CT zeros in on brain-tissue damage in heat-stroke patients

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One of the most serious conditions associated with the dog days of summer is heat stroke. The National Oceanic and Atmospheric Administration estimates as many as 200 people die a year in the U.S. from heat-related disorders, particularly during heat waves. From 1979-1999, excessive heat exposure caused 8,015 deaths in the U.S., according to the Centers for Disease Control and Prevention's Extreme Heat Web site.

Heat stroke occurs when the body is unable to regulate its temperature, which then rises rapidly. The sweating mechanism fails and the body cannot cool down. The elderly are especially prone to heat-related health problems for a variety of reasons, including a naturally occurring reduced ability to sweat, decreased mobility, and, in some cases, medications that thwart thermoregulation.

An interdisciplinary team from Israel found that CT scans could be used to track the changes in the central nervous system (CNS) of heat-stroke victims. They reported their findings in the European Journal of Radiology.

"The CNS is very sensitive to elevation of body temperature: its dysfunction following elevated body temperature leads to coma and brain death, not infrequently causing patient demise. We describe the pattern of CNS changes as detected by brain CT," wrote Dr. Oded Szold and colleagues. Szold, along with Drs. Ron Ben Abraham, Philippe Biderman, and Patrick Sorkine are from the general intensive care unit (ICU) at Tel Aviv Sourasky Medical Center, Tel Aviv University. Drs. Irith Reider-Groswasser, Galit Aviram, and Yoram Segev are from the medical center’s department of radiology (EJR, July 2002, Vol.43:1, pp.1-5).

For this study, five males and one female with a mean age of 46 years were admitted to the ICU during a 1999 summer heat wave in Israel. They all fulfilled the criteria for heat stroke, including a core body temperature of over 40° C, altered mental status, and dry skin.

"All six arrived in a deep comatose state accompanied by areflexia and the absence of brain stem reflexes," they wrote.

"The main purpose of the CT imaging is to rule out any treatable CNS problem, such as bleeding (due to coagulopathy)," added Szold in an e-mail to AuntMinnie.com.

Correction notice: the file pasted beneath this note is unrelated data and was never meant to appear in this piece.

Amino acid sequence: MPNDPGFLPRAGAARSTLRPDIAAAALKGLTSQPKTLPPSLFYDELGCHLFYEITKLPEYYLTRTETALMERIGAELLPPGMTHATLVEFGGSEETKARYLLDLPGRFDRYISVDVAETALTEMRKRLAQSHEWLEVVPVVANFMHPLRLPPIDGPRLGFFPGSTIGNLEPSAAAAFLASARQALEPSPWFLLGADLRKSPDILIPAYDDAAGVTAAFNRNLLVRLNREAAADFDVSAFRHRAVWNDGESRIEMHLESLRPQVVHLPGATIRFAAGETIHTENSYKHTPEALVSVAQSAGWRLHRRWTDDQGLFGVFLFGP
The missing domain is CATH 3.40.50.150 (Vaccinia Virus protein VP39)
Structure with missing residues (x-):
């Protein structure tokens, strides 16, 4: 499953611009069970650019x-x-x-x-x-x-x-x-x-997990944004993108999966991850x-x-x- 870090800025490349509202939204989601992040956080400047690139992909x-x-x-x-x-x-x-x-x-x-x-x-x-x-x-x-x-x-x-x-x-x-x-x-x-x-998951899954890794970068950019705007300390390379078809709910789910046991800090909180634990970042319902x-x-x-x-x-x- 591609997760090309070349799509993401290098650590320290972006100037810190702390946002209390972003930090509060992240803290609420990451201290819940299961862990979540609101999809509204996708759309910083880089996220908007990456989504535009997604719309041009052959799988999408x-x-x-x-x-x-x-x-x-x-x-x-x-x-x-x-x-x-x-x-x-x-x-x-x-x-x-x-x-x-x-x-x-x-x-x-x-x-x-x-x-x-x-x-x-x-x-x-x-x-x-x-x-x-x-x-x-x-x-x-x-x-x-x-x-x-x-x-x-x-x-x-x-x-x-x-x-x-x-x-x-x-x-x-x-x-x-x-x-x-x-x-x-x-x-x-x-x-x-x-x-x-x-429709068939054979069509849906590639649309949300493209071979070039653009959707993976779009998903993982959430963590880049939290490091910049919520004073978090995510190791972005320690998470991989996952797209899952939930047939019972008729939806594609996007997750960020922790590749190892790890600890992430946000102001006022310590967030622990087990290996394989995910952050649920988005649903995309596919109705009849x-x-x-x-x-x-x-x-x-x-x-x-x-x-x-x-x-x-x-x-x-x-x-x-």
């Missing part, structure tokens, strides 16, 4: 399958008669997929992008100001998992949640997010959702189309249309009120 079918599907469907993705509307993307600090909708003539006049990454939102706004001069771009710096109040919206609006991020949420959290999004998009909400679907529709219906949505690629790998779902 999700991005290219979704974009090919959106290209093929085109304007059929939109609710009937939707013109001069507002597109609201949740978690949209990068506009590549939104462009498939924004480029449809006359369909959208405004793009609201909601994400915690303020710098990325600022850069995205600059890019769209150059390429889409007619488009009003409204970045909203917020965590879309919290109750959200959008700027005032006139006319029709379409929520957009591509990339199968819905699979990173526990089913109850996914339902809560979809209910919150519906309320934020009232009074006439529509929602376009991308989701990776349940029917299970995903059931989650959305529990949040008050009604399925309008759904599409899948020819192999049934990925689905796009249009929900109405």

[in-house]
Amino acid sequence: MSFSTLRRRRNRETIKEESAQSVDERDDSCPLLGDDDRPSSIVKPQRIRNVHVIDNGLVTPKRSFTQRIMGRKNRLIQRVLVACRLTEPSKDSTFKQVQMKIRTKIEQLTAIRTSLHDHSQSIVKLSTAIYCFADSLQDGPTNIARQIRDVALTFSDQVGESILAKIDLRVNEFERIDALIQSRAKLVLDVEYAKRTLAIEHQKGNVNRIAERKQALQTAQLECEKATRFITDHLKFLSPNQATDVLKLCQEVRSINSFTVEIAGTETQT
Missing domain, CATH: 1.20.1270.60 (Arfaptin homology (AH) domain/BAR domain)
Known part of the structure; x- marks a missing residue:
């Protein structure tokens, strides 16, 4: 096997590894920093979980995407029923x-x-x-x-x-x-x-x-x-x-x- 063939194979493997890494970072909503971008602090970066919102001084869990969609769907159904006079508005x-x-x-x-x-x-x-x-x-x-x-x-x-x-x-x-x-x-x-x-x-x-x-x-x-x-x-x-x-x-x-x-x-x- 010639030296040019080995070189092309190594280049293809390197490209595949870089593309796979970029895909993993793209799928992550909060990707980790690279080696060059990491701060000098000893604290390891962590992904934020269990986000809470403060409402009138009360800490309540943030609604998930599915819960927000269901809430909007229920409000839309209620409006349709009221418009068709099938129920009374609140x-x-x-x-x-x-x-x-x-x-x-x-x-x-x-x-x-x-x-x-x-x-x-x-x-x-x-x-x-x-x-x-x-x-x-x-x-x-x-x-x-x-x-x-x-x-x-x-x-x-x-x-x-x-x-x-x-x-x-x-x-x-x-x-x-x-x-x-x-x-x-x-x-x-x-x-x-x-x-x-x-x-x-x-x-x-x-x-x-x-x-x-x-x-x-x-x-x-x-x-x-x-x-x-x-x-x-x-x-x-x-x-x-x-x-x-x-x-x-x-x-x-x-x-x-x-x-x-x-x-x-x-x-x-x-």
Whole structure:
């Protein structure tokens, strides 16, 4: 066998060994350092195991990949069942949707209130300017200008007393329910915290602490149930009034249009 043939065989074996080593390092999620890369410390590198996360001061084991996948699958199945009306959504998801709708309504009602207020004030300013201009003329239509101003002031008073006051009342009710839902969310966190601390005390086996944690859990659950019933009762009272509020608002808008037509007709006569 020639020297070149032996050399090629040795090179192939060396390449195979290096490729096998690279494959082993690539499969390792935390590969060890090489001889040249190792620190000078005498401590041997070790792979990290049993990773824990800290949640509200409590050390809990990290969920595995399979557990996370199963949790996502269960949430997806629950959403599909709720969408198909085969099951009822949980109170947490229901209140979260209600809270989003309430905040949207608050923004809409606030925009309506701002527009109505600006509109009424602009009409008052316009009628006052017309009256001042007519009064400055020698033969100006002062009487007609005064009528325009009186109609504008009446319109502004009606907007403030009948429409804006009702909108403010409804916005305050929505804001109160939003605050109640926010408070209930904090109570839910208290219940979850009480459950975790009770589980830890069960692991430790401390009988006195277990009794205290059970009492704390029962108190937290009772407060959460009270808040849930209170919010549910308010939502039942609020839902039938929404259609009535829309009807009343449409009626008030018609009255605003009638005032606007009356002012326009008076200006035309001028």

Noncontrast CT exams were performed, within four days of admission, on Elscint scanners. Adjacent slices of 2.5 mm were acquired of the posterior fossa and 10-mm slices of the rest of the brain (imaging matrix = 326 x 326 pixels). CT findings were assessed using the following parameters:

  • Presence or absence of fresh bleeding.

  • Focal lesions.

  • Ventricular size.

  • Sulcal size.

  • Cisternal size.

  • Gray and white matter discriminability (GWMD).

GWMD was graded on a scale of 0-3, with 0 indicating a normal pattern and 3 representing no white-matter digitations.

According to the results, "all six patients demonstrated severe loss (grade 2-3) of the GWMD. None suffered from CNS bleed or displacement of anatomical structures. The difference on CT between the gray and the white matter is thought to be due to the higher content of water and lower content of lipids in the gray matter. This results in higher oxygen and lower carbon concentrations in the gray matter, causing increased photoelectric absorption," they said.

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Axial cuts at the levels of the lateral ventricles and centrum semiovale (mAs 335, kv 120). A loss of GWMD is shown in a 51-year-old comatose patient with exertional HS in comparison to good GWMD in a 50-year-old patient, below. Images courtesy of Dr. Oded Szold.

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Two patients died of septic shock and multiorgan dysfunction syndrome while in the hospital. One patient, on the fourth day in the ICU, responded to deep pain stimuli. He was fully conscious 11 days after admission.

Of the three remaining patients, one was fully awake within 48 hours; one demonstrated slow neurological improvement and was back to his cognitive and emotional baseline within 8 weeks; the last patient remained in a vegetative state at the six-month follow-up. As of August 2002, Szold’s group was trying to track down this patient for additional imaging studies to determine if further GWMD had taken place.

CT scans of heat-stroke patients' altered consciousness are now done routinely at his institution, although only after the patient’s body temperature has been cooled to 38.5° C, Szold said. Deciphering whether GWMD is merely an indicator of early brain-tissue damage in heat stroke, or whether it can predict the patient’s clinical course, will require larger studies, including spectroscopic analysis of the gray-white junction, the group concluded.

By Shalmali Pal
AuntMinnie.com staff writer
August 14, 2002

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